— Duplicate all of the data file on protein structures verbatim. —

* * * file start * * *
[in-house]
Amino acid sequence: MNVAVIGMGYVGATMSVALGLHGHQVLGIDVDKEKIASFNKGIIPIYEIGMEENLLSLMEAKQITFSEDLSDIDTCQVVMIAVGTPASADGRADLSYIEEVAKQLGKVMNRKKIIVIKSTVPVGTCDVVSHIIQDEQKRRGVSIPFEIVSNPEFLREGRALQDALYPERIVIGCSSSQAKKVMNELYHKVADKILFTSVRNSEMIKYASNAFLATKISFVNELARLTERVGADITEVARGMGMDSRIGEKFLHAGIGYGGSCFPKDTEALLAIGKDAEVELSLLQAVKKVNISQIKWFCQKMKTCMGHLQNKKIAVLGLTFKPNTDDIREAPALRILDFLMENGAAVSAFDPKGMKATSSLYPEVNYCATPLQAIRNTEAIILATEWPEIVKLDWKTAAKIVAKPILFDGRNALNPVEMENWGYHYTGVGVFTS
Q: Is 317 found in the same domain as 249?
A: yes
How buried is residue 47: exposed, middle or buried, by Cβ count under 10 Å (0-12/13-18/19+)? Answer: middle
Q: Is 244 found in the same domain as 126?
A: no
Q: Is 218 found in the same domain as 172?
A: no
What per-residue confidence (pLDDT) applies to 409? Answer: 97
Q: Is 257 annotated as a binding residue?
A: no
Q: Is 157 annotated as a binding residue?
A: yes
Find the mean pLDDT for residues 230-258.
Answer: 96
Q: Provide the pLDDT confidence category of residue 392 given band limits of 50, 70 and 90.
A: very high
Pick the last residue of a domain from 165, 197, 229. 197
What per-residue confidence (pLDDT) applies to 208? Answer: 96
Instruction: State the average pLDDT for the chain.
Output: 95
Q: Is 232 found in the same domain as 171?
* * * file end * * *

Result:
[in-house]
Amino acid sequence: MNVAVIGMGYVGATMSVALGLHGHQVLGIDVDKEKIASFNKGIIPIYEIGMEENLLSLMEAKQITFSEDLSDIDTCQVVMIAVGTPASADGRADLSYIEEVAKQLGKVMNRKKIIVIKSTVPVGTCDVVSHIIQDEQKRRGVSIPFEIVSNPEFLREGRALQDALYPERIVIGCSSSQAKKVMNELYHKVADKILFTSVRNSEMIKYASNAFLATKISFVNELARLTERVGADITEVARGMGMDSRIGEKFLHAGIGYGGSCFPKDTEALLAIGKDAEVELSLLQAVKKVNISQIKWFCQKMKTCMGHLQNKKIAVLGLTFKPNTDDIREAPALRILDFLMENGAAVSAFDPKGMKATSSLYPEVNYCATPLQAIRNTEAIILATEWPEIVKLDWKTAAKIVAKPILFDGRNALNPVEMENWGYHYTGVGVFTS
Q: Is 317 found in the same domain as 249?
A: yes
How buried is residue 47: exposed, middle or buried, by Cβ count under 10 Å (0-12/13-18/19+)? Answer: middle
Q: Is 244 found in the same domain as 126?
A: no
Q: Is 218 found in the same domain as 172?
A: no
What per-residue confidence (pLDDT) applies to 409? Answer: 97
Q: Is 257 annotated as a binding residue?
A: no
Q: Is 157 annotated as a binding residue?
A: yes
Find the mean pLDDT for residues 230-258.
Answer: 96
Q: Provide the pLDDT confidence category of residue 392 given band limits of 50, 70 and 90.
A: very high
Pick the last residue of a domain from 165, 197, 229. 197
What per-residue confidence (pLDDT) applies to 208? Answer: 96
Instruction: State the average pLDDT for the chain.
Output: 95
Q: Is 232 found in the same domain as 171?